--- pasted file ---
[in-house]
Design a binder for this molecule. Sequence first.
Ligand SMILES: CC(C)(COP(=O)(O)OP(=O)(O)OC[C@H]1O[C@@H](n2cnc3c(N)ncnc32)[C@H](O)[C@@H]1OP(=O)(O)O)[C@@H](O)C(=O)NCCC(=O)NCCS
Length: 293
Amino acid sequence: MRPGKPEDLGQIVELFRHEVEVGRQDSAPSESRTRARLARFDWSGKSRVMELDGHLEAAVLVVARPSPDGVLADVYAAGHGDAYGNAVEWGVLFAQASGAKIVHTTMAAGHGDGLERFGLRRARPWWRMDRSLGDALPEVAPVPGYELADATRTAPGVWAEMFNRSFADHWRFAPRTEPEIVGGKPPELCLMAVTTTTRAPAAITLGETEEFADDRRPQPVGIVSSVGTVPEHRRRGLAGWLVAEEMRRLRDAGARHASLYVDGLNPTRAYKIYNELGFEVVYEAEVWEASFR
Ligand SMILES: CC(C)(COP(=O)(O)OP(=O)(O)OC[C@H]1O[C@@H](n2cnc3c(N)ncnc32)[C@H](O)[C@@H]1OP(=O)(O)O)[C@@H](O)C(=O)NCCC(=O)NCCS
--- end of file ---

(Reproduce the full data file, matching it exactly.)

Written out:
[in-house]
Design a binder for this molecule. Sequence first.
Ligand SMILES: CC(C)(COP(=O)(O)OP(=O)(O)OC[C@H]1O[C@@H](n2cnc3c(N)ncnc32)[C@H](O)[C@@H]1OP(=O)(O)O)[C@@H](O)C(=O)NCCC(=O)NCCS
Length: 293
Amino acid sequence: MRPGKPEDLGQIVELFRHEVEVGRQDSAPSESRTRARLARFDWSGKSRVMELDGHLEAAVLVVARPSPDGVLADVYAAGHGDAYGNAVEWGVLFAQASGAKIVHTTMAAGHGDGLERFGLRRARPWWRMDRSLGDALPEVAPVPGYELADATRTAPGVWAEMFNRSFADHWRFAPRTEPEIVGGKPPELCLMAVTTTTRAPAAITLGETEEFADDRRPQPVGIVSSVGTVPEHRRRGLAGWLVAEEMRRLRDAGARHASLYVDGLNPTRAYKIYNELGFEVVYEAEVWEASFR
Ligand SMILES: CC(C)(COP(=O)(O)OP(=O)(O)OC[C@H]1O[C@@H](n2cnc3c(N)ncnc32)[C@H](O)[C@@H]1OP(=O)(O)O)[C@@H](O)C(=O)NCCC(=O)NCCS